He said: “My brother lives in Brooklyn in New York and I always make the comparison between Manchester and Brooklyn. Certain parts look exactly like Brooklyn, it’s cool and the people are so warm and friendly.
“People complain about the weather, but honestly I found Paris more gloomy in comparison!”
On their decision to move to Manchester, and Crusader, Yasu said: “It was a bit crazy. We’d never been to Manchester and knew very little about the UK. We’d been to London once. So we really didn’t know what to expect at all.
“We were really surprised with just how liveable the city is… it deserves the focus. I really feel people don’t know how great Manchester is, that includes some people who live here who probably take it for granted.
“We only really spoke basic French, so it’s been a dream to get here and meet new people. We love the food too! We love Thai, Vietnamese, Mexican, we’re spoilt for choice in Manchester and it’s all so accessible. All the good bits of a massive city without having to get the subway everywhere.
“We knew Crusader was for us. My wife loved the bricks and the history of the building. We’re settling into life as a family here too.
“People often find it strange we’re raising a child in the city, but that’s a very UK view. People do it all the time in America. With canals, green spaces nearby and the city on our doorsteps, it’s perfect for us.”
Another international resident is Dino, who lives in the industrial-style Phoenix. He moved to Plymouth from Athens aged 17 to study – and then headed to Manchester ‘at random’, choosing it over Birmingham or London.
It’s all worked out for him, with Dino saying that the salary ceiling in the north no longer seems to apply to Manchester.
Dino said: “I moved to Manchester from Greece as a student around 15 years ago and since then have lived all over the world but, when it came to buying a home and settling down, it was always going to be here.
“It really is a home away from home. I love the people, the positive vibe and the amazing social scene.
“A lot of big companies moved up from London after Covid so it’s got the job opportunities too. If they’d have been around I would never have left all those years ago for work. There’s no salary ceiling anymore in Manchester so you’re keeping talented people in the city.
“Living in Piccadilly East I’ve got everything on my doorstep and it’s a really friendly and safe community. I’ve got to know loads of my neighbours and it’s a nice feeling to know they’re around if I need anything or just want to hang out. Athens is where I was born, but Manchester is my home. It truly is a piece of heaven.”
Donovan Hervig, 50, has lived in some pretty big cities in his life, including Tennessee, Northern Virginia, New York City, and in South America, but when his young son settled in North Wales with his mother he turned to Manchester.
Then he found himself spoilt by cultural and artistic diversity, friendly people and mild summers.
Donovan set up the US-based online travel agency Ideal South America, which he is able to manage from Manchester despite concerns around time zones.
He said: “I’ve been in the UK over seven years now and finally have dual citizenship. It’s been a long road, but well worth it! Manchester is not far by car or train from my son in North Wales and it’s got the best of everything you want from a city but it’s compact, walkable and the people are easy to talk to. It’s diverse too; with people from all over Europe, and the world.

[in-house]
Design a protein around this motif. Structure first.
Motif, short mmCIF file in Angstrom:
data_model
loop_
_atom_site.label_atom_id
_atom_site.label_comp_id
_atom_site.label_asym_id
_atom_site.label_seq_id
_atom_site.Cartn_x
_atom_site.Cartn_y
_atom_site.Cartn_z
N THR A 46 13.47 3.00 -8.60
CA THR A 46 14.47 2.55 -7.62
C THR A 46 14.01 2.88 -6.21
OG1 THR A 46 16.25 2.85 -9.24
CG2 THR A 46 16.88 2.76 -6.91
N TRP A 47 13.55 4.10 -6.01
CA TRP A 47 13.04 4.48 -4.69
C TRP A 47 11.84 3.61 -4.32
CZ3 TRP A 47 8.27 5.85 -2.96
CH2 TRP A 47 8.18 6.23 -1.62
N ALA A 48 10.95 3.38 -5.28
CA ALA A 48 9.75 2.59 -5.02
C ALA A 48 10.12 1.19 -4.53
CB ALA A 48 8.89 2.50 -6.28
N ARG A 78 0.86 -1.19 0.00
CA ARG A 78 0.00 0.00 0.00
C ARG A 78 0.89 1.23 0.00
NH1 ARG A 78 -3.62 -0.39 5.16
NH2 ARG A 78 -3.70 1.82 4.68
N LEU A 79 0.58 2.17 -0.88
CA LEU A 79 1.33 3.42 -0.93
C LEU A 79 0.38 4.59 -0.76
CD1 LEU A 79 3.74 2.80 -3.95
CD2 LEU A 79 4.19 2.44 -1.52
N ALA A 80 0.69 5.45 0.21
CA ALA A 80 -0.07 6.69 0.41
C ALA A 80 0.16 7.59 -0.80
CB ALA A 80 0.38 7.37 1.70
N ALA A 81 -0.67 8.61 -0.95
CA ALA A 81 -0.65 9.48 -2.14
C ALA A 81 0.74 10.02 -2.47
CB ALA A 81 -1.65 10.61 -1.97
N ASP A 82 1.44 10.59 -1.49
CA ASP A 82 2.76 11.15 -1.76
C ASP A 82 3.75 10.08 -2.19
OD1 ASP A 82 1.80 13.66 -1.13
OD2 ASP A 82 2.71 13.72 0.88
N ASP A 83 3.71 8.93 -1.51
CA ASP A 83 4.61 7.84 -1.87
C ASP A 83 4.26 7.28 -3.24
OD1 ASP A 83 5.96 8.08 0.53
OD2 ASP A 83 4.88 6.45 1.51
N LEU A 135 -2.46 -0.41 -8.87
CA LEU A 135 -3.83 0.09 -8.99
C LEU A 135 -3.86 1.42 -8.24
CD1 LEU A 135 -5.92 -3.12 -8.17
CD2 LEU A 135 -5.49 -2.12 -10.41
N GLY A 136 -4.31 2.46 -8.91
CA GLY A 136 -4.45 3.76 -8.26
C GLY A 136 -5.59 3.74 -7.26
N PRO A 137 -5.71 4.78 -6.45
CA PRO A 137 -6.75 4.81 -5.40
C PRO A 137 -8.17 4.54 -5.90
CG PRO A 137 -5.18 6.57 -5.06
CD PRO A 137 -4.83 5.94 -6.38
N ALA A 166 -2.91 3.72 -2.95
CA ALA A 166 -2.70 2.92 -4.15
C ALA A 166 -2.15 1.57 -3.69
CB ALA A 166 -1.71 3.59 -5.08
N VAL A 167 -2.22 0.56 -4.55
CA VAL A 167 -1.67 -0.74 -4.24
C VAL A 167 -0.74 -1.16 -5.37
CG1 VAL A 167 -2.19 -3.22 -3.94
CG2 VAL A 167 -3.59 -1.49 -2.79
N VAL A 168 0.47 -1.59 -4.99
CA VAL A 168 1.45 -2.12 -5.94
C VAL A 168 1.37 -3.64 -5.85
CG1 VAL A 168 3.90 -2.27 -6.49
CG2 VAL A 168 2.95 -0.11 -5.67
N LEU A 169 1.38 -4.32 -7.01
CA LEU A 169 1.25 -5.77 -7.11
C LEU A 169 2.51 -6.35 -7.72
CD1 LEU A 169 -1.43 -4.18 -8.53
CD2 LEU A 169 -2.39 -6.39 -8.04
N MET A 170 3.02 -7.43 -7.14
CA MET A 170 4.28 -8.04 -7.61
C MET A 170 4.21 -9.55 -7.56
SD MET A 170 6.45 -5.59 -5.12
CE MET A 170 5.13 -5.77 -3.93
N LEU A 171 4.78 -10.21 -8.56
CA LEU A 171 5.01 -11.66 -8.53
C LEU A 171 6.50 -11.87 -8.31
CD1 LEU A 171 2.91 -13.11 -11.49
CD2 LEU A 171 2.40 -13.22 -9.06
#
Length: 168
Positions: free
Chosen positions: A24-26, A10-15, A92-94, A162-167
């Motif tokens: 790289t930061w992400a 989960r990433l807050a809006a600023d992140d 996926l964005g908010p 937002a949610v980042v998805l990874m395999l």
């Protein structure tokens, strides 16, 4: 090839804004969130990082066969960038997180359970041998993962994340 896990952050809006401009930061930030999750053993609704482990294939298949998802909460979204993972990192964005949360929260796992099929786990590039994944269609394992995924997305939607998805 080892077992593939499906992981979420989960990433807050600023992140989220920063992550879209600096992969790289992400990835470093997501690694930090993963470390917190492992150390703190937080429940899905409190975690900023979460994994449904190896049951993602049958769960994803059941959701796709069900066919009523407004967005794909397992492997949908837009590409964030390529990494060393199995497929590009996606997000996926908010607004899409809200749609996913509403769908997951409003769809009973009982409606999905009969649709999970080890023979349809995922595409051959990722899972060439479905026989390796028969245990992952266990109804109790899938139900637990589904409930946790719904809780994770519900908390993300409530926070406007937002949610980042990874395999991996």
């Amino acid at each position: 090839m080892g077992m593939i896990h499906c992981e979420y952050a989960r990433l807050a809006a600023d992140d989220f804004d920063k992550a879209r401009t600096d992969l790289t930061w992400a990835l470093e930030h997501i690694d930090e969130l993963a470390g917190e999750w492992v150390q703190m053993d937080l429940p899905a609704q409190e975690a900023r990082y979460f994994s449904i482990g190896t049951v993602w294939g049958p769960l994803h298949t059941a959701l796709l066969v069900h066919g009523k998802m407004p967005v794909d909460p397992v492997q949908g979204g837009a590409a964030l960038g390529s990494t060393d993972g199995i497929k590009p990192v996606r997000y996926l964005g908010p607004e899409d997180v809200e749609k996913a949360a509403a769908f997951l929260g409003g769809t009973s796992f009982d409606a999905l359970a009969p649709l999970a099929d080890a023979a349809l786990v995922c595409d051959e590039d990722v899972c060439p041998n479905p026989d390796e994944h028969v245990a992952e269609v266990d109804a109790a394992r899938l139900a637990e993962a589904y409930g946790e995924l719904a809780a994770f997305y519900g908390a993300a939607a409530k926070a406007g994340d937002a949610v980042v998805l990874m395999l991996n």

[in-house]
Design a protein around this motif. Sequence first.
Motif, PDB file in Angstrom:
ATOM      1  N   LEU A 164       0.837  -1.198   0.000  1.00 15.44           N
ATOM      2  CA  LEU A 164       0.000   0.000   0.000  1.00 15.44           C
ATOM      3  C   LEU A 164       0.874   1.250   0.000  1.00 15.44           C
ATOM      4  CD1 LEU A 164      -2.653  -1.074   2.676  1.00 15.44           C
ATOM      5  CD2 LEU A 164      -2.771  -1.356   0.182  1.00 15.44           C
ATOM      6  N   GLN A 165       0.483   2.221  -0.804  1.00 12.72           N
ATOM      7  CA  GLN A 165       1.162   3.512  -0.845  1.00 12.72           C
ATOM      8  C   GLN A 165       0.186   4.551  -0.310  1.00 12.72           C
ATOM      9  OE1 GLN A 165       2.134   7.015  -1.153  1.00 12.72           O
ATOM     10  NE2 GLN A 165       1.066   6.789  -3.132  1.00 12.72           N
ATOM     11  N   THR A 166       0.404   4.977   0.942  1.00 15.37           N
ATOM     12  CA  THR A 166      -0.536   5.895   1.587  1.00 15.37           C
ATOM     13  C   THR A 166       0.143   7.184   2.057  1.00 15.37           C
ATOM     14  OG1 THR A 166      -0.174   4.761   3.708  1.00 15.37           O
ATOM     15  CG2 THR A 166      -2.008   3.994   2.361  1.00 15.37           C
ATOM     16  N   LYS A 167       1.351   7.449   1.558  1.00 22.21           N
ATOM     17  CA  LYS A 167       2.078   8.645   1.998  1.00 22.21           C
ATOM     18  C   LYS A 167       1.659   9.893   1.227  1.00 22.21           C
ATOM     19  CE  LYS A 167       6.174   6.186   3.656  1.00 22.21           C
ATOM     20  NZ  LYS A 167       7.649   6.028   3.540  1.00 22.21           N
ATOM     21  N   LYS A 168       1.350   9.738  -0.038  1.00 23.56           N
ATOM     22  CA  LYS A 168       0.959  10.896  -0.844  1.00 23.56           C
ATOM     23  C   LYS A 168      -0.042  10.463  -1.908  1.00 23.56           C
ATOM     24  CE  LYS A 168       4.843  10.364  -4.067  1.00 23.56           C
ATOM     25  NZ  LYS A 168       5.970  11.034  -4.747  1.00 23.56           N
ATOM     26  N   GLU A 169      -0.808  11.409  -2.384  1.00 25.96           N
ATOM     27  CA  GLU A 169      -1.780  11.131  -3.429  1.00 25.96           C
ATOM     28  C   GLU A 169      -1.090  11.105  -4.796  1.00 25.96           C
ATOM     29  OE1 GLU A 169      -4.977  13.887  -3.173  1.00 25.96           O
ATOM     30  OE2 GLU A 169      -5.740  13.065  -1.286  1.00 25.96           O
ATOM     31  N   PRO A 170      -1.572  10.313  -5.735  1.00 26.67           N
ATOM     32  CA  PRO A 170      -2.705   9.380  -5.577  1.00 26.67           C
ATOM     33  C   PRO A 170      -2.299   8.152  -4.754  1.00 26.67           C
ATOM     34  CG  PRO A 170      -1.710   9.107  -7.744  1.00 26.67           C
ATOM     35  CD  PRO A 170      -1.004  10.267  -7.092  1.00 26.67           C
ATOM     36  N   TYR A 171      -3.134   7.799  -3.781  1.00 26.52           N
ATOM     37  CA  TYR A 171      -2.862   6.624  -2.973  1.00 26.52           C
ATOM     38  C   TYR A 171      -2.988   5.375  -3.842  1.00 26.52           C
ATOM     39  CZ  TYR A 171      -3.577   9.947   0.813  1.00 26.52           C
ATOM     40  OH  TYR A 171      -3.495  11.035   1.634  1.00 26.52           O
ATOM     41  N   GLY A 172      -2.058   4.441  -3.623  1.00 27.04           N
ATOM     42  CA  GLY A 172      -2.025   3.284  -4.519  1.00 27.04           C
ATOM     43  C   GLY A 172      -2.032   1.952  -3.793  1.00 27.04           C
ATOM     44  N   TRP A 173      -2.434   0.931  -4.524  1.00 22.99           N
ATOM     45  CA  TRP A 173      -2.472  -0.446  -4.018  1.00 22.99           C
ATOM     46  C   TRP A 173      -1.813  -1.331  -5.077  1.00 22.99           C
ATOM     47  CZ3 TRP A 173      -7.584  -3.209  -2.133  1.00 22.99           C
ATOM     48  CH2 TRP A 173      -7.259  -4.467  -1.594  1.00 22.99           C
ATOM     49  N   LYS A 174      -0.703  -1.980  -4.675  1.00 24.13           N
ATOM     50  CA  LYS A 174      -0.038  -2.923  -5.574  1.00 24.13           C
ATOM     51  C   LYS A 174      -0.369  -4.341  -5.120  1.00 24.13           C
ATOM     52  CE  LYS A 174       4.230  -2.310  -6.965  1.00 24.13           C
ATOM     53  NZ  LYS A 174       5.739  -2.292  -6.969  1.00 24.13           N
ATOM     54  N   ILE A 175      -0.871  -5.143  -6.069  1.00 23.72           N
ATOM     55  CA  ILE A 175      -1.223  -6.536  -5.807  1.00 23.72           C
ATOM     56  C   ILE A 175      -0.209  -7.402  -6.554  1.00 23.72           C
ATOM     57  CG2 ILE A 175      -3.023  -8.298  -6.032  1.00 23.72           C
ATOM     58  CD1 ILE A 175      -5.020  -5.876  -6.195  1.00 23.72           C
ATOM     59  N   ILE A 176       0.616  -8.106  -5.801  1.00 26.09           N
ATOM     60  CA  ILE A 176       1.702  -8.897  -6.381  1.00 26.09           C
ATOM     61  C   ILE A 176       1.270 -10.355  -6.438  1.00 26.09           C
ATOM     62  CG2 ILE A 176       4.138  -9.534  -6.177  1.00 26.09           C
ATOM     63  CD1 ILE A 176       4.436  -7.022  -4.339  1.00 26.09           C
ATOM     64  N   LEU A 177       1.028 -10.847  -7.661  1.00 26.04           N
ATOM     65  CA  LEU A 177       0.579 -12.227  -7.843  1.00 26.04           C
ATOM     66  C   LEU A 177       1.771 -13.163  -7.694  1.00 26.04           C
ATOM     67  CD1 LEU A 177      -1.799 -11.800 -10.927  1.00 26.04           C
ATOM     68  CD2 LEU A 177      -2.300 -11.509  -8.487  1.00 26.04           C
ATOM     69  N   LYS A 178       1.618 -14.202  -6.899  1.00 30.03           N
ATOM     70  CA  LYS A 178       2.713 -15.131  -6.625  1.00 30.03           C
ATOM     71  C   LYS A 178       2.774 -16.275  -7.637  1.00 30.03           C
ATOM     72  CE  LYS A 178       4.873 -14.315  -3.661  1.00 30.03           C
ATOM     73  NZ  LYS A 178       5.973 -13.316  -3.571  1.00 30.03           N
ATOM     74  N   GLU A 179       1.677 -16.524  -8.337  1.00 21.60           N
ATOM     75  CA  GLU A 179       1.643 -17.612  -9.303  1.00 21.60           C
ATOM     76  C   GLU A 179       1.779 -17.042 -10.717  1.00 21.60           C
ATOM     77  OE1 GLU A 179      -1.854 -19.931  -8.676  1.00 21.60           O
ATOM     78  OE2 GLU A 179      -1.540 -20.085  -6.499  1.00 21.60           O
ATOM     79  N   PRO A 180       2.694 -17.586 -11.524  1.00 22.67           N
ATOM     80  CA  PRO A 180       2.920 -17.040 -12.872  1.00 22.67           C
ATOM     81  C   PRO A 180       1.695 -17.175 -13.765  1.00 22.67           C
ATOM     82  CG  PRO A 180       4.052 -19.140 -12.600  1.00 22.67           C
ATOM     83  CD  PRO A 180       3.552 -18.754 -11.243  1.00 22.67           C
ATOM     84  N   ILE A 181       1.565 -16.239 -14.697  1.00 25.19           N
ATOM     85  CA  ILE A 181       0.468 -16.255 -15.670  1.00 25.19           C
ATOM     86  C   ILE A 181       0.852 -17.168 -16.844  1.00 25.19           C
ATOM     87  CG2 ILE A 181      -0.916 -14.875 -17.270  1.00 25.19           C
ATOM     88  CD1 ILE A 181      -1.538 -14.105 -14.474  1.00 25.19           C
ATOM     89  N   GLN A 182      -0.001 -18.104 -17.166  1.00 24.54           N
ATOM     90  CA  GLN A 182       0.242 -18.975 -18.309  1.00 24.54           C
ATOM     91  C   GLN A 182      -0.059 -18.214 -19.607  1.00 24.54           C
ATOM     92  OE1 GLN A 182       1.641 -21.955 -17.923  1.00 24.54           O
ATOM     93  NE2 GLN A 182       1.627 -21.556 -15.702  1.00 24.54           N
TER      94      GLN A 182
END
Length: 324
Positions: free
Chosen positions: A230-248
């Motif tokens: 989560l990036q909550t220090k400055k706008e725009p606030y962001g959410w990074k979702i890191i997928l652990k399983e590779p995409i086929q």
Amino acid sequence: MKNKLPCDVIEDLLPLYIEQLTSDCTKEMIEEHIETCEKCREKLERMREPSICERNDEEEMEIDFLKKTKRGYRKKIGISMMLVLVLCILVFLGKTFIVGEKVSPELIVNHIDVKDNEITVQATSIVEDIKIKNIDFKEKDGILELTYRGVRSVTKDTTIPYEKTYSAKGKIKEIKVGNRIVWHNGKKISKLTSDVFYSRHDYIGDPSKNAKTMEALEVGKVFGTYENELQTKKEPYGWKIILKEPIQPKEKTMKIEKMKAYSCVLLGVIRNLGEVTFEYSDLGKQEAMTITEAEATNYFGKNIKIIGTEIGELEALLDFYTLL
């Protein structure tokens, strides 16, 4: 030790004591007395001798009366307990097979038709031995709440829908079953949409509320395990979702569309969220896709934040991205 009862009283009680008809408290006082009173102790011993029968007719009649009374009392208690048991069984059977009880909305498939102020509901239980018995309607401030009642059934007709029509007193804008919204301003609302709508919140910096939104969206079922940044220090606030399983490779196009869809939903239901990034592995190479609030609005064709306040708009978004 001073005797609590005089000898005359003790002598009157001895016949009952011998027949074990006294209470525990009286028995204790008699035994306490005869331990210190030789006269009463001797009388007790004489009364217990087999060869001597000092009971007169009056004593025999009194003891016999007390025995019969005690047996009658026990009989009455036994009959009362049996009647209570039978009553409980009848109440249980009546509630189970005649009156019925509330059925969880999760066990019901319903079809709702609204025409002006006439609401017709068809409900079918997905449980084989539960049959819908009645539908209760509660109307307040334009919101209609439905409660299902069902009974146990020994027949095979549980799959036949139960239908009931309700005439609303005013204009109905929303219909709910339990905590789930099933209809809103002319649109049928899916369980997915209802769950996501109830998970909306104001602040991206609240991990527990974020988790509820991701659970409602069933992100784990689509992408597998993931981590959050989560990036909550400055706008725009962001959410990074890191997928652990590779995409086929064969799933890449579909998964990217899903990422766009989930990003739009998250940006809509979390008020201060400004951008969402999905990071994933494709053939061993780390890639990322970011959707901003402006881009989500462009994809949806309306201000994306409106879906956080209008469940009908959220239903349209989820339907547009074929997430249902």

“It’s easy to meet family, friends or even potential customers, without having to travel far. I’ve lived in New York City – which is amazing – so much to see and do. But like London, it’s much more expensive and takes an hour to get anywhere!
“These days I prefer somewhere smaller, a bit more laid back, less expensive and easier to get around … to me that’s Manchester. And the entertainment scene is still brilliant too! Football, arts, music – you name it. And the airport is well connected for international travel as well – second only to London.”
Donovan moved into his two-bedroom apartment in Crusader in May 2022, where he’s perfectly-placed to make the most of the surrounding food, drink and live music scene.
Donovan has made the most of the surrounding communities – live music and drinks in the Northern Quarter, the square at Ancoats, food at Mackie Mayor and even Oxford Rd.
He continued: “After viewing houses in south Manchester where I was living, my teenage son and I started warming to the idea of living in the city centre instead. More convenient and modern – a different experience.
“If we found the right place – we thought it’d be brilliant for me and us both – a good change. But we didn’t want to sacrifice too much space either. We viewed some small, cramped apartments in the Northern Quarter… no thanks!
“Then we saw the flats in Crusader and… wow! So much more spacious, and in an interesting historical building, with a sense of community (owner occupied) and cool vibe.
“We’re really enjoying it here. I can pick up my son at Piccadilly just around the corner and we can walk to restaurants, the cinema and Man City matches – no public transport! I can easily walk to the office, meet friends for nights out and receive out of town visitors.”
Residents from both Phoenix and Crusader can relax in the mill’s stunning hidden courtyard, once a dirty, concrete car park and now a green oasis kitted out with BBQs and fire pits.
It was a major attraction for residents, Donovan said: “I just thought I could get all the things you struggle for in places like London and NYC, where it’s crazy expensive to live. And you don’t get outside space and can at times be a bit unfriendly. Not Manchester!”
You can find out more about life at Capital & Centric’s Crusader here.